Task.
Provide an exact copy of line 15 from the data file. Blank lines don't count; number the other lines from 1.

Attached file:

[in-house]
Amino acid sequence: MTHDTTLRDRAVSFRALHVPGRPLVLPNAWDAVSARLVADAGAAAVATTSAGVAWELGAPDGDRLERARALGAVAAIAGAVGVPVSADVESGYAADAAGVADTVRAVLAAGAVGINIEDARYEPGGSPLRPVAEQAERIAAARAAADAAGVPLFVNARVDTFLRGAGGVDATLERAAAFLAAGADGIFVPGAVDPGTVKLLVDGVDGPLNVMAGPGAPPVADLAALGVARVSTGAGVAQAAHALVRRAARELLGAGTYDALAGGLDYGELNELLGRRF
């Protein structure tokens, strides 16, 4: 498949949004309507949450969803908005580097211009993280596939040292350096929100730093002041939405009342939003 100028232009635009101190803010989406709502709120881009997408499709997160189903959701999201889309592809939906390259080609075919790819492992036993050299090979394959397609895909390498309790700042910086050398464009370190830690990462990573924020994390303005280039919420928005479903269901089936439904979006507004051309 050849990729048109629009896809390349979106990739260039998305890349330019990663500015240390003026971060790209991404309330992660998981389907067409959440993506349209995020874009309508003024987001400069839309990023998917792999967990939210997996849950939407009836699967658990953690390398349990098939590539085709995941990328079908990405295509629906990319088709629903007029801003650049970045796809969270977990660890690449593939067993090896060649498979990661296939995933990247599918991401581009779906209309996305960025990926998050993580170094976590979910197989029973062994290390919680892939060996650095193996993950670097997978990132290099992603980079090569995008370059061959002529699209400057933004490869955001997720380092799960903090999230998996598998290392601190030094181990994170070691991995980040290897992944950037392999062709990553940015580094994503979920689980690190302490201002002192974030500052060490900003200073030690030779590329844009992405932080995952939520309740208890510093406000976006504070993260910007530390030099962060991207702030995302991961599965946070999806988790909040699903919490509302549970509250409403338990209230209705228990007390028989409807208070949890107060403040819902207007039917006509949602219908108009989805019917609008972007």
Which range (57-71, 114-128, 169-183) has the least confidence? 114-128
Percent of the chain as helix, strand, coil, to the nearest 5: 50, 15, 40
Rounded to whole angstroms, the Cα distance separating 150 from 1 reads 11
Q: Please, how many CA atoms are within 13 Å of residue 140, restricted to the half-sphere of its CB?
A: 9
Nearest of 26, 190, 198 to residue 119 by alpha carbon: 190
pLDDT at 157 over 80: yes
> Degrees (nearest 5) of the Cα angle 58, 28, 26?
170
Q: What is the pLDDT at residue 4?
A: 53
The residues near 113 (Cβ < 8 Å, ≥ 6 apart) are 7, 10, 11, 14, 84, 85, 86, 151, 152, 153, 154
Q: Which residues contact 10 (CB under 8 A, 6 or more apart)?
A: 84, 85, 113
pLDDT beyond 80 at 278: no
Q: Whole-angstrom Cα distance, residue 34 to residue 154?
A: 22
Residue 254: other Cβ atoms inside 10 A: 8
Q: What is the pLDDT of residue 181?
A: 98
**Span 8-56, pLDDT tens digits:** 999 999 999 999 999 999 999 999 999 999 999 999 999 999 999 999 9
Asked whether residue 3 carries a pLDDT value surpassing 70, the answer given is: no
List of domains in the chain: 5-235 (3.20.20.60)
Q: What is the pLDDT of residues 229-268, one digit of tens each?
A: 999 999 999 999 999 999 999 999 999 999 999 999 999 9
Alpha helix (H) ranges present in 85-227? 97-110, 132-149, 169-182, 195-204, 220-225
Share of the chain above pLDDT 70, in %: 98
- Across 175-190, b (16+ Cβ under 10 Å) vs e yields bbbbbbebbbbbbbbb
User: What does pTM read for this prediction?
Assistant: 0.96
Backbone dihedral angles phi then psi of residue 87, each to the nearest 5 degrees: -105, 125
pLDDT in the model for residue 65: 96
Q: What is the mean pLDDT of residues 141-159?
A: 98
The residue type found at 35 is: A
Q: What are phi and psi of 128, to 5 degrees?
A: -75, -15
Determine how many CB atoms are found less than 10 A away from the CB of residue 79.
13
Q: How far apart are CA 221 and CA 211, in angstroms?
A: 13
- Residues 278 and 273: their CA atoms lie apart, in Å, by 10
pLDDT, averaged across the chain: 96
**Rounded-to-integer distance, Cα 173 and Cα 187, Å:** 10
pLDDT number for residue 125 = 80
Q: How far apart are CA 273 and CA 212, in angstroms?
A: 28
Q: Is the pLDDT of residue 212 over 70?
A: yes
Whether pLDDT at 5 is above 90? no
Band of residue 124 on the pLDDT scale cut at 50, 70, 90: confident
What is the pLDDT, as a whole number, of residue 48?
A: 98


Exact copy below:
The residues near 113 (Cβ < 8 Å, ≥ 6 apart) are 7, 10, 11, 14, 84, 85, 86, 151, 152, 153, 154